Shorthand typist at the centre of Hitler’s propaganda office, Brunhilde Pomsel said in an interview shortly before her death aged 106 “Those people nowadays who say they would have stood up against the Nazis – I believe they are sincere in meaning that, but believe me, most of them wouldn’t have.” After the rise of the Nazi party, “the whole country was as if under a kind of a spell,” she insists.

Hitler’s ally, Mussolini also took full use of images, films and photographs to tell a story. To package and market Italy as the new Roman Empire and Mussolini as the new Caesar. It’s important to point out, though, that the German and Italian regimes weren’t the only ones taking advantages of propaganda, The U.S. and U.K also had successful programs.

Further chilling too, as I continued to read Benjamin’s essay, I was reminded of a story I had heard once about the leader of North Korea’s propaganda machine and the kidnapping of an actress and her director husband from South Korea.

Described as a socialist state and a totalitarian dictatorship, North Korea has been ruled by the Worker’s Party of Korea since 1948. North Korea’s Supreme Leader today is Kim Jong un and the position of Supreme Leader has been hereditary since his Grandfather, Kim Il Sung lead the country out of Japanese occupation in 1945.

In 1978, Kim Il sung’s son, Kim Jong-il had been so successful as the head of North Korea’s Propaganda and Agitation Department that he had helped his father to achieve almost god-like status. Films, posters and an unprecedented statue building schedule had helped him, but something was missing. An avid cinema fan, by the 1970s he was director of the Motion Picture and Arts division of the PAD and directing films himself, but Kim Jong-il believed he could go further, ingratiate himself into his father’s graces even more. He could continue to build his father’s status by putting North Korean cinema on the map – by abducting South Korea’s most famous and successful film making team. Actress Choi Eun-hee and her director husband Shin Song-ok. So, in 1978, he did just that. Taking the couple from their lives in South Korea – and their children – Kim Jong-il demanded the couple make films in his father’s favour.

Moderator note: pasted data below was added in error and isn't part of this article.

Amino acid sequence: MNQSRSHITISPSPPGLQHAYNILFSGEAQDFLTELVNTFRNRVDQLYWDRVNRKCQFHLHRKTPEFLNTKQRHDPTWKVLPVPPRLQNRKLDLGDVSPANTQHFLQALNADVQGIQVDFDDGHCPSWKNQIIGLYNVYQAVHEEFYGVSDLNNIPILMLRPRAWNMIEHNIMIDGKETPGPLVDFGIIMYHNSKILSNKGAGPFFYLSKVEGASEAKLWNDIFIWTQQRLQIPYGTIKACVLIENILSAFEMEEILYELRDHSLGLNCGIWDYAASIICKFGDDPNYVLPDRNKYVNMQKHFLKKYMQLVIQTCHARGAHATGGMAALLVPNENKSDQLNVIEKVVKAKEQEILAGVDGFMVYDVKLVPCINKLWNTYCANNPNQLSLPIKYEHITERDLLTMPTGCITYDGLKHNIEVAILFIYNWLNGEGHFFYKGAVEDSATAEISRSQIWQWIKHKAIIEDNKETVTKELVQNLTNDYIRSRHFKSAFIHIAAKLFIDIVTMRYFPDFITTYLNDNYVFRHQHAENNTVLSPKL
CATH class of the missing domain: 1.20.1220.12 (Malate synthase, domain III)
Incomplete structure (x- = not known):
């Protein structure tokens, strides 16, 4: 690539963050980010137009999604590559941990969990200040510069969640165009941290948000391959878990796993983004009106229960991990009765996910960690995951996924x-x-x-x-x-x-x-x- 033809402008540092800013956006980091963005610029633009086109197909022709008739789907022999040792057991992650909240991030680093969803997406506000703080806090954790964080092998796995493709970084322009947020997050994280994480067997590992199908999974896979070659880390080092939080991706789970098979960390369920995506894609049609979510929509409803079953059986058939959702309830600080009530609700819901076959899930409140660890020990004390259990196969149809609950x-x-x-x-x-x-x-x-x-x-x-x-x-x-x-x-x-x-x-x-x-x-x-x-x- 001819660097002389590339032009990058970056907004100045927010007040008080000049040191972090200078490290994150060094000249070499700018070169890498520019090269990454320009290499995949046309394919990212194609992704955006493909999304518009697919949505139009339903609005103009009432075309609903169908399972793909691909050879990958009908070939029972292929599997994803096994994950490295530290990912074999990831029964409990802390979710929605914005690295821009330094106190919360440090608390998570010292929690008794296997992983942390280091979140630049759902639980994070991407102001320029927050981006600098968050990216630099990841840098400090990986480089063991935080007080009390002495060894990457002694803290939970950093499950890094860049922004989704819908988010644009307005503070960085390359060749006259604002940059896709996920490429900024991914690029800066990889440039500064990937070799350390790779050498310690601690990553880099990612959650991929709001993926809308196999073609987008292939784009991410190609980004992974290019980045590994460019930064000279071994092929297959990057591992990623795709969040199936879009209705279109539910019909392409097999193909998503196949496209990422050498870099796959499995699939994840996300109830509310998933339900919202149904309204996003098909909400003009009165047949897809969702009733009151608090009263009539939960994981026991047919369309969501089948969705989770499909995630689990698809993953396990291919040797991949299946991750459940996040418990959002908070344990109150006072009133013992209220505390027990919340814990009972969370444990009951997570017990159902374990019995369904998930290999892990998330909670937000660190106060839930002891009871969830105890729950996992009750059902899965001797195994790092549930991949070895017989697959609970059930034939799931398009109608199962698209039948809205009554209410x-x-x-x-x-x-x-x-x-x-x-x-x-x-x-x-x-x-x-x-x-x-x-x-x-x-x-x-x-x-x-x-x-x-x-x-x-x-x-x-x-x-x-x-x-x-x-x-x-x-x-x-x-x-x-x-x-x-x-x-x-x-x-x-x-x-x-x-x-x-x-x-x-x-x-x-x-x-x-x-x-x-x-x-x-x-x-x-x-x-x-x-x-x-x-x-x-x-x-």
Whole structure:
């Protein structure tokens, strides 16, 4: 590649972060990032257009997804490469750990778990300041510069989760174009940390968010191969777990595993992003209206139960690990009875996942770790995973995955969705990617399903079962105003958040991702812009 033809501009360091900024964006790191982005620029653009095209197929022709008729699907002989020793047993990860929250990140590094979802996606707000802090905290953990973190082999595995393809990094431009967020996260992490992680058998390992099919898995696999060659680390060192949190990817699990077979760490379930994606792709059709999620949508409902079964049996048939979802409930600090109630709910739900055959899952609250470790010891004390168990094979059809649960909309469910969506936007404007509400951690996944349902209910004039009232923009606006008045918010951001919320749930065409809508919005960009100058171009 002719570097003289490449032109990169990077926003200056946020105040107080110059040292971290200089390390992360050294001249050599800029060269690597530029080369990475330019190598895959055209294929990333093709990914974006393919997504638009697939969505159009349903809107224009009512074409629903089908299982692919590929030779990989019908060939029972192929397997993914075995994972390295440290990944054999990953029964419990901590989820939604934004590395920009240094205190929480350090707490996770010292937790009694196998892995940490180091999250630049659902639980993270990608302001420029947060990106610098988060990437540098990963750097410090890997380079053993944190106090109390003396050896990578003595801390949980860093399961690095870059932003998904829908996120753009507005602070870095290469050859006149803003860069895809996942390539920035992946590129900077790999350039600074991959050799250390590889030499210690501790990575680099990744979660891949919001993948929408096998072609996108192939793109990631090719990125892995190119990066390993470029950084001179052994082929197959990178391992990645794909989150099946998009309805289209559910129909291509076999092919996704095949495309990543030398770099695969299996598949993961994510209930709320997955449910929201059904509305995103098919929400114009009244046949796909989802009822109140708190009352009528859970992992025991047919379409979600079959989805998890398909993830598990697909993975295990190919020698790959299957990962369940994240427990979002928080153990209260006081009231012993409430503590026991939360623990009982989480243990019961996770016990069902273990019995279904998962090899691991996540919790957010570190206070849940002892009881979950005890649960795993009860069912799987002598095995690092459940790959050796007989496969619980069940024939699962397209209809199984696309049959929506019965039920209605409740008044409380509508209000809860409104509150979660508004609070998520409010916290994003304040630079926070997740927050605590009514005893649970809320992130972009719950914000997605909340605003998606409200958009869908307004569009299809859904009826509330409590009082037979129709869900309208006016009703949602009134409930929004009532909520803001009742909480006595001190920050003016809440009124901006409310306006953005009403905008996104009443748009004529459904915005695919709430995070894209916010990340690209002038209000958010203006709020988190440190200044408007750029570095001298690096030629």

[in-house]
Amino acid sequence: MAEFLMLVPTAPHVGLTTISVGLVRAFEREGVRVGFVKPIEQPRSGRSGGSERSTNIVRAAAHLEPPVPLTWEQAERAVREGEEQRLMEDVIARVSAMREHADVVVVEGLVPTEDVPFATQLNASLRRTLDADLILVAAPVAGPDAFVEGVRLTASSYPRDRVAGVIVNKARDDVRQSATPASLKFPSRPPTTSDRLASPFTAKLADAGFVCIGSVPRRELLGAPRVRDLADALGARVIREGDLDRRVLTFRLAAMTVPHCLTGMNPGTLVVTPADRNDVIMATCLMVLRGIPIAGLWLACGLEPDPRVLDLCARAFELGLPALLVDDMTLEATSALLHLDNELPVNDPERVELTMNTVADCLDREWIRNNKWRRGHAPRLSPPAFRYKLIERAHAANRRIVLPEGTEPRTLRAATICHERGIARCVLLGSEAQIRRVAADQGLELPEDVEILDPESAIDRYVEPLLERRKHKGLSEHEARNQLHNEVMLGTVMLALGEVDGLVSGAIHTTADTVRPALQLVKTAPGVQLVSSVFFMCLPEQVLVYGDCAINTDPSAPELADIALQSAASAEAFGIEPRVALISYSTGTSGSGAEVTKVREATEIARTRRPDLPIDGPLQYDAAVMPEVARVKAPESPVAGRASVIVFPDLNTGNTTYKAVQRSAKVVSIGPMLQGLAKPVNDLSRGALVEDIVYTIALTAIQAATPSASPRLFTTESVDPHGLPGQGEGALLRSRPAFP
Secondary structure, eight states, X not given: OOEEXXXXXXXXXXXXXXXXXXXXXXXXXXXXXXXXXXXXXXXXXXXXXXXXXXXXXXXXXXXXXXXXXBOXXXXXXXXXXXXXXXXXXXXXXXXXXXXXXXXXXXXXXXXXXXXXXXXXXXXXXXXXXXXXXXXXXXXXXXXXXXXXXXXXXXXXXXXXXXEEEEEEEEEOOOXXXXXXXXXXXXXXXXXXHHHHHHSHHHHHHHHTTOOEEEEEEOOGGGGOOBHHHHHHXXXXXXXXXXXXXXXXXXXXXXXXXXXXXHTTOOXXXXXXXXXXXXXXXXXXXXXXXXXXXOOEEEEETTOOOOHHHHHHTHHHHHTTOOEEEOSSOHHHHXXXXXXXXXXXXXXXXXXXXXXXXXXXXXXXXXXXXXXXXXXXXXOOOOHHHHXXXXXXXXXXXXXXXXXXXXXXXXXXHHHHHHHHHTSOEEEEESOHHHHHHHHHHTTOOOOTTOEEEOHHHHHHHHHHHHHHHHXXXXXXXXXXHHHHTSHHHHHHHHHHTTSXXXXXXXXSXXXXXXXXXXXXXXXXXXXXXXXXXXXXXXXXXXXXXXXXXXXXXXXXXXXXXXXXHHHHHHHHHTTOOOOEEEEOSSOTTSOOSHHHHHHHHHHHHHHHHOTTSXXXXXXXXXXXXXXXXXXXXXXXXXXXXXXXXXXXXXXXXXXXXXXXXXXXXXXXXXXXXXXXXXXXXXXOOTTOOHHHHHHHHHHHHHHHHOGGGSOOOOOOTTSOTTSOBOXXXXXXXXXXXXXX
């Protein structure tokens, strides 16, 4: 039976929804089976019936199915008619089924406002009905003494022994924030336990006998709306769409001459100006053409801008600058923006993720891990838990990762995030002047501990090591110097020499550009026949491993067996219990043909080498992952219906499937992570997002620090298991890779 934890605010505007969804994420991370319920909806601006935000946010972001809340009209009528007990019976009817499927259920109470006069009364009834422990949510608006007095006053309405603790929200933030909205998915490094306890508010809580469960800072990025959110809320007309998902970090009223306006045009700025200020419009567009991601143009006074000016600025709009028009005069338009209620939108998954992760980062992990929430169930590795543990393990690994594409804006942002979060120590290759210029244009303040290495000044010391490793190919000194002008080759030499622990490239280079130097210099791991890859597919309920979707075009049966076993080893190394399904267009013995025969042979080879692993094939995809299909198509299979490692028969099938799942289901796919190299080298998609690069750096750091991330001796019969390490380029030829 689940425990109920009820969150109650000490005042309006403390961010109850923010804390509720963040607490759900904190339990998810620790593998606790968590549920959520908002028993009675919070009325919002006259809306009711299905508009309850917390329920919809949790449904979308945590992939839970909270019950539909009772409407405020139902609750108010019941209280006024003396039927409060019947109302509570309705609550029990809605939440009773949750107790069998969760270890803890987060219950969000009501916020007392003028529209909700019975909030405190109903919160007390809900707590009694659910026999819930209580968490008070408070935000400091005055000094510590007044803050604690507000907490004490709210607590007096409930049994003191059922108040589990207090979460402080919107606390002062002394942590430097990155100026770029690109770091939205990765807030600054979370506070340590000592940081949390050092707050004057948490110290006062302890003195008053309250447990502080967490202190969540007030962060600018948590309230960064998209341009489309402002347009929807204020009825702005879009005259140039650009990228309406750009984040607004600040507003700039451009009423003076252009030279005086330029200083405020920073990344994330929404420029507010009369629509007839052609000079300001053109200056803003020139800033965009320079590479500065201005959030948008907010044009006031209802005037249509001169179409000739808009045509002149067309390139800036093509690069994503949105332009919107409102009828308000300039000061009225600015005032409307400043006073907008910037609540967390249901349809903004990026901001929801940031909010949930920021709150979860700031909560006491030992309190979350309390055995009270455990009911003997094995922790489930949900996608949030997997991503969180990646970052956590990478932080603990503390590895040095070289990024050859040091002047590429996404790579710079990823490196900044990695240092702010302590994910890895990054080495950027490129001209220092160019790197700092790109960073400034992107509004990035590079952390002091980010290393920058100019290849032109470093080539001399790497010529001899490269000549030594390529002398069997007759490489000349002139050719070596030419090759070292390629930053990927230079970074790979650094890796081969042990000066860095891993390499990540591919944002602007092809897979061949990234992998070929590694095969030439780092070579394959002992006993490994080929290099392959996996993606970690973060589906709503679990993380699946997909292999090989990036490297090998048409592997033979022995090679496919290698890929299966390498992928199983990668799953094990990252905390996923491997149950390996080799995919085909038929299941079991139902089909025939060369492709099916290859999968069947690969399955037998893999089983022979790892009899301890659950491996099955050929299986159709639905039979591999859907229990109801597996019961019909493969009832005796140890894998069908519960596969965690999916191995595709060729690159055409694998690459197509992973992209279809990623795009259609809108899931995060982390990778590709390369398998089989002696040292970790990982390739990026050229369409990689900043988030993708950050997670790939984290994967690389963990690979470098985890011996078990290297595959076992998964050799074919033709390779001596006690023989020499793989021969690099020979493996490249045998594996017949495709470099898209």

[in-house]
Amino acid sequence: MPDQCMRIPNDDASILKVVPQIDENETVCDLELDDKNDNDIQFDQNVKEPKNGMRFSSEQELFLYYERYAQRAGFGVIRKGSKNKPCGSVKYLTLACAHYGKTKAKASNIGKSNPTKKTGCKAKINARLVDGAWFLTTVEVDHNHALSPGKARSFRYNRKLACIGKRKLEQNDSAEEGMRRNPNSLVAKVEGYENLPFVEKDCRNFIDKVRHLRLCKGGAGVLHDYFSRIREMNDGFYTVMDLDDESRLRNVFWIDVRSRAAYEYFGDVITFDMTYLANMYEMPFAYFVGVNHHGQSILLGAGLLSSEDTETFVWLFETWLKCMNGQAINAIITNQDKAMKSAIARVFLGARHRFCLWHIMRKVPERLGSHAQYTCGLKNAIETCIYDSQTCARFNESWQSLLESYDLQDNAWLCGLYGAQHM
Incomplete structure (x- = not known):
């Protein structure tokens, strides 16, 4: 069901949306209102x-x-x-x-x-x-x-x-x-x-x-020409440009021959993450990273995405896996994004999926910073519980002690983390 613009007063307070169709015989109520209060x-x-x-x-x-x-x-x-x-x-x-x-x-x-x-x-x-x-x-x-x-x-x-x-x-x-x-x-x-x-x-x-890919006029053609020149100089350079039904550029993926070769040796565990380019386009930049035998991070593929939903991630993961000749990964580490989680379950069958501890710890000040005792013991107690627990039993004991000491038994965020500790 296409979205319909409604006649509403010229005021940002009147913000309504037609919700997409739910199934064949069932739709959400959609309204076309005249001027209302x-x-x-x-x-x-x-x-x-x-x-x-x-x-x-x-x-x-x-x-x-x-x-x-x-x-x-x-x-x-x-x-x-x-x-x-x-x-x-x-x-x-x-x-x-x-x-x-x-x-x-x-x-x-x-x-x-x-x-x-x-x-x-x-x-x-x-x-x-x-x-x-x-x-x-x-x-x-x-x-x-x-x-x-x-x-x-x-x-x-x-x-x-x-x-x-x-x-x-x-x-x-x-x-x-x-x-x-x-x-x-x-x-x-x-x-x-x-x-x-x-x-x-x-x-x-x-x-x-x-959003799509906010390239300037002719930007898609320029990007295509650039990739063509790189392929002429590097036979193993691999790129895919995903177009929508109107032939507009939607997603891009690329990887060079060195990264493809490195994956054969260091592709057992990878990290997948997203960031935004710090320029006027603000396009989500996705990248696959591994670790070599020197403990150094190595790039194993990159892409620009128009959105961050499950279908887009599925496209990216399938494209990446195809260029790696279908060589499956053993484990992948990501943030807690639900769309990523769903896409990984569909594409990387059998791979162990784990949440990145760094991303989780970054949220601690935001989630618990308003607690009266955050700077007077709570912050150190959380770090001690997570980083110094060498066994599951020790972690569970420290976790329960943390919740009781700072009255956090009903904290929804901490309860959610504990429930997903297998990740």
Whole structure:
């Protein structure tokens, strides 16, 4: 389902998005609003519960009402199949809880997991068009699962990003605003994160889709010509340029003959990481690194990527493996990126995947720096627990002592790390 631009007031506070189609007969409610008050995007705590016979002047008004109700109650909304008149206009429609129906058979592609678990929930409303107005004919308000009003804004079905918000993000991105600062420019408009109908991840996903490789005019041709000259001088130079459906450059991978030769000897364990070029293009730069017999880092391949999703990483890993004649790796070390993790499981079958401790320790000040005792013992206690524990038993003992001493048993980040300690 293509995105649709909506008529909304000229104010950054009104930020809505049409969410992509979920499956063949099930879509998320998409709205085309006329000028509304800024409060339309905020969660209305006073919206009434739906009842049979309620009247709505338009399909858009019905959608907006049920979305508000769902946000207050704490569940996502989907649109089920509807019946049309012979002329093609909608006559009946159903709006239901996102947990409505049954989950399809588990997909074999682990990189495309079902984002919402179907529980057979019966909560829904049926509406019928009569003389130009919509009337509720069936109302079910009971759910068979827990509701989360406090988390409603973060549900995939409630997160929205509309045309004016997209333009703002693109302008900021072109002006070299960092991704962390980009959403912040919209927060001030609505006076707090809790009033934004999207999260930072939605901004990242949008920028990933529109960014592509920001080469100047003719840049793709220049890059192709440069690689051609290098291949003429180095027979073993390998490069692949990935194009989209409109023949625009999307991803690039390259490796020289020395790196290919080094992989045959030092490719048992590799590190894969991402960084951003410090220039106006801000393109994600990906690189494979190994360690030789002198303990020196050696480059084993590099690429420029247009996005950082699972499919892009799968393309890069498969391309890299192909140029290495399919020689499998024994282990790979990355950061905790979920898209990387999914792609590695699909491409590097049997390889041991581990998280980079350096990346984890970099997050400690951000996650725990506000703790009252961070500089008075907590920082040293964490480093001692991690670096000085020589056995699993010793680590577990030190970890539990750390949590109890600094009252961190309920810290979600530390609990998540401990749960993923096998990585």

From 1978 – 1986 Choi and Shin made 7 films to make Kim Jong-il happy (to make his father proud and to show him he could be a worthy leader upon his death), to make South Korea jealous and to gain international attention. They did just that and while attending a film festival in Vienna, they escaped in 1986.

The North Korean incident occurred in the 1980s, some fifty years after his writing and I wondered what Benjamin would have made of it. What would he have made of the advances in technology? Would he have been surprised or not? Would he have felt more positive about the further modernisation of art and its various applications? Digital photography and the transition of photographs and films from their negative and print forms to digital data which can then be manipulated. Almost any kind of art work can now be produced or reproduced digitally, even an original painting with the right software. Somehow I struggle to think he would. Sadly, as he passed in 1940, we’ll never know, but I think he definitely could have added the North Korean example as an exclamation point to his essay.


Benjamin, W. The Work of Art in the Age of Mechanical Reproduction. Illuminations. Editor Hannah Arendt. Schocken Books, 1969

Connolly, Kate. Joseph Goebbels’ 105-year-old secretary: ’No one believes me now, but I knew nothing’. The Guardian. 16 August, 2016. Online.

Holt, Nick, Clifton, Dan and Finney, Ben. Inside North Korea’s Dynasty. 2018.